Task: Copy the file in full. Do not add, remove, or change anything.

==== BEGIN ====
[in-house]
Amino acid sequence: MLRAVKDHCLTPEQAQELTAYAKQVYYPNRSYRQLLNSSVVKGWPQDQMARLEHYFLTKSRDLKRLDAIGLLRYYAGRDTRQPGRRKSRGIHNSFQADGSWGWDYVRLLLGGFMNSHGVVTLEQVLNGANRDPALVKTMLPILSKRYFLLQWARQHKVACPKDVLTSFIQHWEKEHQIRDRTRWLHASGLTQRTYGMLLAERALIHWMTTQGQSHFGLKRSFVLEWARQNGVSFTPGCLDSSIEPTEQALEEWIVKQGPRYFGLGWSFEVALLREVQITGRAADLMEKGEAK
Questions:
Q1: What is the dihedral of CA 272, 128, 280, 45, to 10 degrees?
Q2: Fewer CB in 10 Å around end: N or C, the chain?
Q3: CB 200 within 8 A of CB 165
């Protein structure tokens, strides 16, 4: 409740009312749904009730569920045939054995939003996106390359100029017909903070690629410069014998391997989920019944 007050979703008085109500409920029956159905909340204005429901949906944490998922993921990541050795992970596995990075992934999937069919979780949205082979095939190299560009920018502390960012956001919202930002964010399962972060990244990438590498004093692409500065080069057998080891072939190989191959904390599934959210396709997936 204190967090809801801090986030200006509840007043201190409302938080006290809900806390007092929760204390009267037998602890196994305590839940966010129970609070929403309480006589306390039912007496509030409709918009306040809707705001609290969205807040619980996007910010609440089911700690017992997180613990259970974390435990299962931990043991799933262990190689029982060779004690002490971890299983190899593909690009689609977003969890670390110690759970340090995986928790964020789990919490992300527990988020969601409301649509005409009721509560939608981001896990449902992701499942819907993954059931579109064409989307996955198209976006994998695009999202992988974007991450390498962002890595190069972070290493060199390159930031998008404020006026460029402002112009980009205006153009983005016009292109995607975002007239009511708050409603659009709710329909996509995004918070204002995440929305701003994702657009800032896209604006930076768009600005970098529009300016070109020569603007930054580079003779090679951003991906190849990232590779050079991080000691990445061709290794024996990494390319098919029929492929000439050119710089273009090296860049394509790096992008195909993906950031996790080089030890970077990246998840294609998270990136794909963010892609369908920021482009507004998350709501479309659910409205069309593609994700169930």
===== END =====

[in-house]
Amino acid sequence: MLRAVKDHCLTPEQAQELTAYAKQVYYPNRSYRQLLNSSVVKGWPQDQMARLEHYFLTKSRDLKRLDAIGLLRYYAGRDTRQPGRRKSRGIHNSFQADGSWGWDYVRLLLGGFMNSHGVVTLEQVLNGANRDPALVKTMLPILSKRYFLLQWARQHKVACPKDVLTSFIQHWEKEHQIRDRTRWLHASGLTQRTYGMLLAERALIHWMTTQGQSHFGLKRSFVLEWARQNGVSFTPGCLDSSIEPTEQALEEWIVKQGPRYFGLGWSFEVALLREVQITGRAADLMEKGEAK
Questions:
Q1: What is the dihedral of CA 272, 128, 280, 45, to 10 degrees?
Q2: Fewer CB in 10 Å around end: N or C, the chain?
Q3: CB 200 within 8 A of CB 165
């Protein structure tokens, strides 16, 4: 409740009312749904009730569920045939054995939003996106390359100029017909903070690629410069014998391997989920019944 007050979703008085109500409920029956159905909340204005429901949906944490998922993921990541050795992970596995990075992934999937069919979780949205082979095939190299560009920018502390960012956001919202930002964010399962972060990244990438590498004093692409500065080069057998080891072939190989191959904390599934959210396709997936 204190967090809801801090986030200006509840007043201190409302938080006290809900806390007092929760204390009267037998602890196994305590839940966010129970609070929403309480006589306390039912007496509030409709918009306040809707705001609290969205807040619980996007910010609440089911700690017992997180613990259970974390435990299962931990043991799933262990190689029982060779004690002490971890299983190899593909690009689609977003969890670390110690759970340090995986928790964020789990919490992300527990988020969601409301649509005409009721509560939608981001896990449902992701499942819907993954059931579109064409989307996955198209976006994998695009999202992988974007991450390498962002890595190069972070290493060199390159930031998008404020006026460029402002112009980009205006153009983005016009292109995607975002007239009511708050409603659009709710329909996509995004918070204002995440929305701003994702657009800032896209604006930076768009600005970098529009300016070109020569603007930054580079003779090679951003991906190849990232590779050079991080000691990445061709290794024996990494390319098919029929492929000439050119710089273009090296860049394509790096992008195909993906950031996790080089030890970077990246998840294609998270990136794909963010892609369908920021482009507004998350709501479309659910409205069309593609994700169930």